This might be a little tougher than Putin thought...

h-hawk

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FWIW-I still find it hard to believe that Russia would let people roam around the ruins recording the destruction.

 
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h-hawk

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What's the conventional wisdom on where these people are heading? Russia? Or just disperse into the occupied countryside?
Yeah, these were said to be Russian tourists and family members of the military stationed there. I had forgotten Russia had controlled Crimea long enough to make it a tourist destination again. No wonder they showed no excitement when the base was being plastered:)
 
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lucas80

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lucas80

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Two random thoughts.
1. I don’t want to see civilians killed. Even POS Russian civilians doing some war tourism.
2. Hopefully some commercial satellite company gets us better pictures of what was destroyed at that air base. This could be a back breaker for Russia in its ability to lob missiles into southern Ukraine.
 

Tenacious E

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I’ve posted this several times. We seem to be at a point where Russia cannot hold what they have taken. The question is does Ukraine have enough boots on the ground to retake what Russia is holding?
We will see. If not, hopefully there will be continued HIMARS blowing up ammo and supplies depots, and they die a death by a thousand cuts with guerrilla warfare, until they simply pull out.
 

Tenacious E

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(At least one official in Ukraine has claimed the rockets were of their own manufacture. )

After some reading it looks to me that the MGM—140s are older but effective surface to surface guided missiles we are phasing out and replacing. Could be that Ukraine is getting a lot of those weapons we don’t need or won’t be needing anymore, and putting them to good use.
 

noleclone2

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Two random thoughts.
1. I don’t want to see civilians killed. Even POS Russian civilians doing some war tourism.
2. Hopefully some commercial satellite company gets us better pictures of what was destroyed at that air base. This could be a back breaker for Russia in its ability to lob missiles into southern Ukraine.
Ukraine stated they got 9 planes. Already added to daily total!
 
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h-hawk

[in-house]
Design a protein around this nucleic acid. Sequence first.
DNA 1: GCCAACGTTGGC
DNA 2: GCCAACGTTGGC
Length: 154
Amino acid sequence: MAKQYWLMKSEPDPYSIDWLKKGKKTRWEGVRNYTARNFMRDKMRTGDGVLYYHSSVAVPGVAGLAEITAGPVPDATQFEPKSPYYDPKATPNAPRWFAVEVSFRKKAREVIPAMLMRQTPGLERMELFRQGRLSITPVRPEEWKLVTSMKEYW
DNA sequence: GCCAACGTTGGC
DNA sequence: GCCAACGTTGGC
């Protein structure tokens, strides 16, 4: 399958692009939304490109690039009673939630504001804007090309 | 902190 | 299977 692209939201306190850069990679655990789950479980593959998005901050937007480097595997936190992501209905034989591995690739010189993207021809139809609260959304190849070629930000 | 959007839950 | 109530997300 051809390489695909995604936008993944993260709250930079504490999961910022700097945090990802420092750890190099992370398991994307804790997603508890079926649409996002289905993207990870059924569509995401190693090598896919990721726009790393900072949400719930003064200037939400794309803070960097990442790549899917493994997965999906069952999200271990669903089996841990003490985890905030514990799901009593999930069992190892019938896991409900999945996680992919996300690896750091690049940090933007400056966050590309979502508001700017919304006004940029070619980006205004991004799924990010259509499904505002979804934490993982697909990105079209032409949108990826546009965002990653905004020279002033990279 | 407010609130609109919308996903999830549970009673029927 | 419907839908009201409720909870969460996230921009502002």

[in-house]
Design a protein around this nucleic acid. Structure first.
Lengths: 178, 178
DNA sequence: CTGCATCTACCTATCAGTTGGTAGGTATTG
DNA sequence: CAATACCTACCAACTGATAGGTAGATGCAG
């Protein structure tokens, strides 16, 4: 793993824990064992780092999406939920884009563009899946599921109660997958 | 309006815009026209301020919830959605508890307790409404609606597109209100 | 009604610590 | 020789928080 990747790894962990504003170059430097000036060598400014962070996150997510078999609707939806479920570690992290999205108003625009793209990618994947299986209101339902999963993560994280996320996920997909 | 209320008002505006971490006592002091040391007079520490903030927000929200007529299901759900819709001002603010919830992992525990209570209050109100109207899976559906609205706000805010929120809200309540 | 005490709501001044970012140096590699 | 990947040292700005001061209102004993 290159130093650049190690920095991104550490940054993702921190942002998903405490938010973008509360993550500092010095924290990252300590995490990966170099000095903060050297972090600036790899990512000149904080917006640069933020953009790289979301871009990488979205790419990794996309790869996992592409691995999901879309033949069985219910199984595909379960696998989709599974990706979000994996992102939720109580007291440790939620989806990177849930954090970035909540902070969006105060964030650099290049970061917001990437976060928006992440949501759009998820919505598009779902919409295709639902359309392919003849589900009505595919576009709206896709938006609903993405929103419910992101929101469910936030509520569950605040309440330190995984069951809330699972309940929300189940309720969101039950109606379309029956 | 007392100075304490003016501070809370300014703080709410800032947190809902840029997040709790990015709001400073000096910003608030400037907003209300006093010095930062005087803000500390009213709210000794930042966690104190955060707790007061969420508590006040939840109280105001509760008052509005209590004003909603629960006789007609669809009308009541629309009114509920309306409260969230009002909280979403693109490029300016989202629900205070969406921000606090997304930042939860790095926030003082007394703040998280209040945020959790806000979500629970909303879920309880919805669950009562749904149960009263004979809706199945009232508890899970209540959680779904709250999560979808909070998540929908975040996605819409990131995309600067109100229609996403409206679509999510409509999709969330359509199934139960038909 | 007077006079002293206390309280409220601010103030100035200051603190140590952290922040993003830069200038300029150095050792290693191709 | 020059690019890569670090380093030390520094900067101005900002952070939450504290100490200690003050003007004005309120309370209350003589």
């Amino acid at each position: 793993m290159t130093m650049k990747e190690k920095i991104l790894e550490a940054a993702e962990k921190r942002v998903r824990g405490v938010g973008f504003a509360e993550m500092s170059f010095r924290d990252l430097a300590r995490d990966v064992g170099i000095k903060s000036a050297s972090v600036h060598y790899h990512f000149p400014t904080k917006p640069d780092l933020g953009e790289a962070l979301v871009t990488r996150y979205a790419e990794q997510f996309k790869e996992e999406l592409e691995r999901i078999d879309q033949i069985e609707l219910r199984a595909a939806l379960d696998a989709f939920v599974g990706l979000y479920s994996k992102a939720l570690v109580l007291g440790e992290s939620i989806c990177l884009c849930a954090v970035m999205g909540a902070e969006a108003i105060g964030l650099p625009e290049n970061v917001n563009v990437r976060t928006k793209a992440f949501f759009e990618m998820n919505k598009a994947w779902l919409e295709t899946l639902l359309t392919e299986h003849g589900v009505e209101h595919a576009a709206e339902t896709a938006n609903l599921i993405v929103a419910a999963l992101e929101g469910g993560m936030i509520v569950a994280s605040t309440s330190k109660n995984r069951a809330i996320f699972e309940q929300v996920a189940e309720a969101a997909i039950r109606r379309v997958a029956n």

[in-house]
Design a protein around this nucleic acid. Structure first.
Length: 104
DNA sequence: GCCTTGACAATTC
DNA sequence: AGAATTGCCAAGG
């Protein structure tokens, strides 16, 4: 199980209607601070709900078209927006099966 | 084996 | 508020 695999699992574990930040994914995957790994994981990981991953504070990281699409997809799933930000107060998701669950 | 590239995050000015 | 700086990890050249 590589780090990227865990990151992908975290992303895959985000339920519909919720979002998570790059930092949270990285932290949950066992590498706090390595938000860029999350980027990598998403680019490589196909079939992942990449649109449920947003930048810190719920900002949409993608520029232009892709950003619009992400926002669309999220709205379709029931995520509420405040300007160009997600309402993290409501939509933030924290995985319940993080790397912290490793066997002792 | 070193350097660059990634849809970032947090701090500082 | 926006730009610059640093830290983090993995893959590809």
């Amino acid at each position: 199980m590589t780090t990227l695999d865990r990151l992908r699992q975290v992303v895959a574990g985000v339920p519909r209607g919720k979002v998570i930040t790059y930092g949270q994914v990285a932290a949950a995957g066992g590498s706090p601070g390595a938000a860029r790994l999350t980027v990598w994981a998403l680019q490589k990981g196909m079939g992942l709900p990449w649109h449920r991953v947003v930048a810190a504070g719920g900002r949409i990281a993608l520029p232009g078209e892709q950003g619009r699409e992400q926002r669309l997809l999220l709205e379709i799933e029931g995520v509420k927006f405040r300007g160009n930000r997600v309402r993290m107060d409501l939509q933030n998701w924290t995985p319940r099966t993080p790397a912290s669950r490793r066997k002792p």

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I can be slow but just realized one reason Russia is pushing the accident excuse for the airbase, is that all those Russian civilians rushing to return will be telling friends and relatives about the devastating attack. Their propaganda has been telling them that Russia is totally in control. It would be shocking to see what happened anyway but this could add another layer to that to realize the situation is very much different than they believed.
 

h-hawk

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FZxlcClWYAAWZm1
 

h-hawk

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Maybe someone is keeping track but IIRC this is at least the 5th country to send trainers.
I wonder if this will increase the 10,000 troops trained every 3 weeks or if this is to give more individual attention, or both.

 

h-hawk

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Hope this is misdirection because that seems way too long. But then, they are the professionals:)

 
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HawkRCID

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we need to keep sending missiles….seems to be making all the difference, much like the javelins did early on….besides being the “right” thing to do…from a geo political perspective, it will take Russia years if not decades to recover its losses and re-arm completely…

And this whole conflict shows what a complete annihilation a conventional war between Russia and NATO would be…Frankly seeing western weapons so effectively strike down Russia is pretty amazing.
 

Tenacious E

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we need to keep sending missiles….seems to be making all the difference, much like the javelins did early on….besides being the “right” thing to do…from a geo political perspective, it will take Russia years if not decades to recover its losses and re-arm completely…

And this whole conflict shows what a complete annihilation a conventional war between Russia and NATO would be…Frankly seeing western weapons so effectively strike down Russia is pretty amazing.